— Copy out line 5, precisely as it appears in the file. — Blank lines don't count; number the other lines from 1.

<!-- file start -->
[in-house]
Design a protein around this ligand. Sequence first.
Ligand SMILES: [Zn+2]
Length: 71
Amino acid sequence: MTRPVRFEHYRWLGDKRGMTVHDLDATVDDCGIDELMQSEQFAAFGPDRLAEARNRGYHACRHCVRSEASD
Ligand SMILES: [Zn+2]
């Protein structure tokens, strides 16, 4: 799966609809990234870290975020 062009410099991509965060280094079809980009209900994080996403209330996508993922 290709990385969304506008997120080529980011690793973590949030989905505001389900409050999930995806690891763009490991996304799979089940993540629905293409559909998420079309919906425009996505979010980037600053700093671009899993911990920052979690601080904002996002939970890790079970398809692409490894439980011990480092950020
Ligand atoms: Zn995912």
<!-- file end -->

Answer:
Amino acid sequence: MTRPVRFEHYRWLGDKRGMTVHDLDATVDDCGIDELMQSEQFAAFGPDRLAEARNRGYHACRHCVRSEASD